Keep fat out of your liver

15/01/2021

Currently in India, data suggests that there is an epidemic of diabetes and obesity. Both these conditions are responsible for an increase in fatty liver disease. This is due to rapid westernization of our diet patterns and sedentary lifestyles.

Fatty liver disease occurs when extra fat molecules accumulate inside liver cells. The presence of those fattened cells can then lead to inflammation in the liver and consequent fibrosis. This condition can progressively worsen leading to cirrhosis and eventually end up with chronic liver failure. At present, the second most common cause of end stage liver disease after alcohol is fatty liver. In the near future, with the alarming rise of obesity epidemic, fatty liver will soon become the most common cause of liver disease. Fatty liver is also an important cause of liver cancer.

Fatty liver not only leads to liver disease, but more importantly, it is a precursor for diabetes, hypertension, heart problems and so on. In simple words, ‘diabetes is only tip of the iceberg, fatty liver is the entire iceberg’. Risk of dying from cardiovascular disease is twice as high as compared to people that do not have an associated fatty liver.

Most people with fatty liver disease do not exhibit symptoms of liver disease early on. Rarely, fatigue or occasional pain in the upper right side of the abdomen, where the liver is located, can occur. So, more often than not, fatty liver disease is discovered incidentally, either by a routine blood test indicating high liver enzyme levels or a simple ultrasound scan showing fatty liver. The gold standard test to assess the degree of liver damage and ongoing inflammation is liver biopsy. However, with the advent of new technologies namely fibroscan, we can assess the quantity of fat and damage in the liver and since it is a dynamic test, treatment response also can be assessed by fibroscan if done on periodic intervals. Only in rare situations when diagnosis is in doubt, is a diagnostic liver biopsy warranted.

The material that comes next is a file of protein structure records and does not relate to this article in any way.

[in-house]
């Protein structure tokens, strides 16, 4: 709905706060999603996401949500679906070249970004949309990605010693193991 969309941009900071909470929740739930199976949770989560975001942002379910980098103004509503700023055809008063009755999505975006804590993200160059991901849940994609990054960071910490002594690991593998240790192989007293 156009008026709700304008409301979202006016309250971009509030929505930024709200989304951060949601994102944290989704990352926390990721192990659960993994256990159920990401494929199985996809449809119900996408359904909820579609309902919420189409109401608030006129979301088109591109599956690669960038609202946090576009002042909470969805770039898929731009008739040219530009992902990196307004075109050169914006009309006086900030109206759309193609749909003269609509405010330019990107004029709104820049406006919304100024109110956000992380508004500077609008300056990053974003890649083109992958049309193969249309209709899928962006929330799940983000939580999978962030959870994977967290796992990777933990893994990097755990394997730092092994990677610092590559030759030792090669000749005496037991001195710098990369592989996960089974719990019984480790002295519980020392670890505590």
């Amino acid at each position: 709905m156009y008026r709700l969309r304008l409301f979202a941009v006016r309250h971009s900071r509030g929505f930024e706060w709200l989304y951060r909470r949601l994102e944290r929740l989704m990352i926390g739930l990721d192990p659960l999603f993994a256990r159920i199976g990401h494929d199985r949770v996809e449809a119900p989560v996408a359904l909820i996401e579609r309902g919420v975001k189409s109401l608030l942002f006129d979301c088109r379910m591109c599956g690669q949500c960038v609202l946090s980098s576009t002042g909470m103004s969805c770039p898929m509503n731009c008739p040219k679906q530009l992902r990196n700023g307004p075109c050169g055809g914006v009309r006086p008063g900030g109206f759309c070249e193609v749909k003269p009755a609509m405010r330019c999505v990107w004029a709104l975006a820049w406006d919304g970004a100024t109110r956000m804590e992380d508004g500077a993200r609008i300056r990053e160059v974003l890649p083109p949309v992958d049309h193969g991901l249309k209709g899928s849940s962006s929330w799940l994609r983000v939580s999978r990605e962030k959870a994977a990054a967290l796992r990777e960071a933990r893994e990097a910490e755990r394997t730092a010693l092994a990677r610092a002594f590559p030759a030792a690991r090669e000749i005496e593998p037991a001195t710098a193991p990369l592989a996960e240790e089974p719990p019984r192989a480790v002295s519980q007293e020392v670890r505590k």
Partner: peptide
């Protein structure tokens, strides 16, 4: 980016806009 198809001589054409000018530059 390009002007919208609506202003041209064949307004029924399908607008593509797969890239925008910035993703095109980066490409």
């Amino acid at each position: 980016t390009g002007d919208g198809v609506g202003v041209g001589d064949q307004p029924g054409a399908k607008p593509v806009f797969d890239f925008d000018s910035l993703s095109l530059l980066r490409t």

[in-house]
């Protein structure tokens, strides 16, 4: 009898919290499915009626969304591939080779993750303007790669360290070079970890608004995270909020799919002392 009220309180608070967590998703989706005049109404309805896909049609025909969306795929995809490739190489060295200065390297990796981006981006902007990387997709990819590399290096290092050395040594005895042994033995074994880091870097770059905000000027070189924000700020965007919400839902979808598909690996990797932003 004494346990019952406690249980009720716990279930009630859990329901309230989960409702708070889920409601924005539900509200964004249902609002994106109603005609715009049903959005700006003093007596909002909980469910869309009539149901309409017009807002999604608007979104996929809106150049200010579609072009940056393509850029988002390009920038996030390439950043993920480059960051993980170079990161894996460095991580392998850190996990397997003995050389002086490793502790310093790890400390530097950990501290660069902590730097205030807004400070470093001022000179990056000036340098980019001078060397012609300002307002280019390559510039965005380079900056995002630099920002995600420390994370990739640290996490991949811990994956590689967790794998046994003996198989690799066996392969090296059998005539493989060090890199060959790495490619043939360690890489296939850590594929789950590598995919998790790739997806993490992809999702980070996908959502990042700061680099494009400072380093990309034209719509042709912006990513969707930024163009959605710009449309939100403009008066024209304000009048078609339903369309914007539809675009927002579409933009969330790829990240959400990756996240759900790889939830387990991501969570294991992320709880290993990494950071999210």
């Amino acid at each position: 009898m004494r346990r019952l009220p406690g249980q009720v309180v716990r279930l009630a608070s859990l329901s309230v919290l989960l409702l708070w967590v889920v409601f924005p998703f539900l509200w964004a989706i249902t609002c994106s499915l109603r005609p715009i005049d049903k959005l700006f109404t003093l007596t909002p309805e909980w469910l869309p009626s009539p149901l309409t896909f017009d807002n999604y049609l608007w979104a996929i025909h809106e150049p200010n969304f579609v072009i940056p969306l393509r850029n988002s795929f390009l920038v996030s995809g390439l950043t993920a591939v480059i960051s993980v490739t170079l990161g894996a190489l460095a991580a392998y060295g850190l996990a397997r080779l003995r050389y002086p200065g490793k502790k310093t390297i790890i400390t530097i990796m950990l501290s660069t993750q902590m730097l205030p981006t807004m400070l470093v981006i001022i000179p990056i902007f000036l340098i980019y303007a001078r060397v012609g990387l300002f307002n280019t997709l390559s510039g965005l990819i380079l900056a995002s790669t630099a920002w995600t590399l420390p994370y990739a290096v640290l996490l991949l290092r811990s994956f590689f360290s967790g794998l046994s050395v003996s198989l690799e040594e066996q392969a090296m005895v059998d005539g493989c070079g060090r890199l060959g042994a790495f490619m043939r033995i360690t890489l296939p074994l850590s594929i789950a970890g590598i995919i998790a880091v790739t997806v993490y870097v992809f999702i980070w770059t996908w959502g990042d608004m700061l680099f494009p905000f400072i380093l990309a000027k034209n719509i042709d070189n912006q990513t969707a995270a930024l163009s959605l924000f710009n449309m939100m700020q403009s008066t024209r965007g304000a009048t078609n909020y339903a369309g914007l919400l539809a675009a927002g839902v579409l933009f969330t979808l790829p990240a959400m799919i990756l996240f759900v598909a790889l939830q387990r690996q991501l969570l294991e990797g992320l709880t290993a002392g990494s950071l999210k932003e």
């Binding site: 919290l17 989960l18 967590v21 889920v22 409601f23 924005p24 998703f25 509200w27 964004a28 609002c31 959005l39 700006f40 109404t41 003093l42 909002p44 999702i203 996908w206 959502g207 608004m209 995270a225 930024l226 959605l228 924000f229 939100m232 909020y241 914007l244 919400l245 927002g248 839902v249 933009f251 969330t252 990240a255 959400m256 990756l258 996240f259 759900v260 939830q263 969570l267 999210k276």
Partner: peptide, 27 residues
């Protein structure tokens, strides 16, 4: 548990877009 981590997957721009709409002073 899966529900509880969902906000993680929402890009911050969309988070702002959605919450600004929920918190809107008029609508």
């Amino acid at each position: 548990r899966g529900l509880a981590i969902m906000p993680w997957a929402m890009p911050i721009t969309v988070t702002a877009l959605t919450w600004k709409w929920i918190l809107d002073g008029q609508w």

So, what can be done to prevent fatty liver? The foundation of treatment is strict diet and regular exercise. There is enough evidence showing that low carbohydrate diet is essential for improving fatty liver and its consequences. Secondly small frequent meal is another way to restrict calories and sudden rise in sugar levels which gets deposited as fat in the liver. Regular physical activity in form of walking or jogging and so on should also be adopted strictly. An exercise schedule of 30–60 minutes five days per week has a reported 10% decrease in liver fat.

Crash diets harm the liver, so gradual weight loss over a period of time is usually recommended. Suggested lifestyle changes include eating pulses and vegetables with a high fibre content, and drinking green tea.

Therefore, early identification and prevention of fatty liver is like a life insurance policy for a safe and secure future.

Dr Chandan Kumar KN
Senior Consultant - Hepatology & Lead Transplant Physician
Gleneagles Global Hospital Lakdikapul

Disclaimer:The views and opinions expressed in this article belong solely to the author. They do not reflect the opinions or views of the organization.

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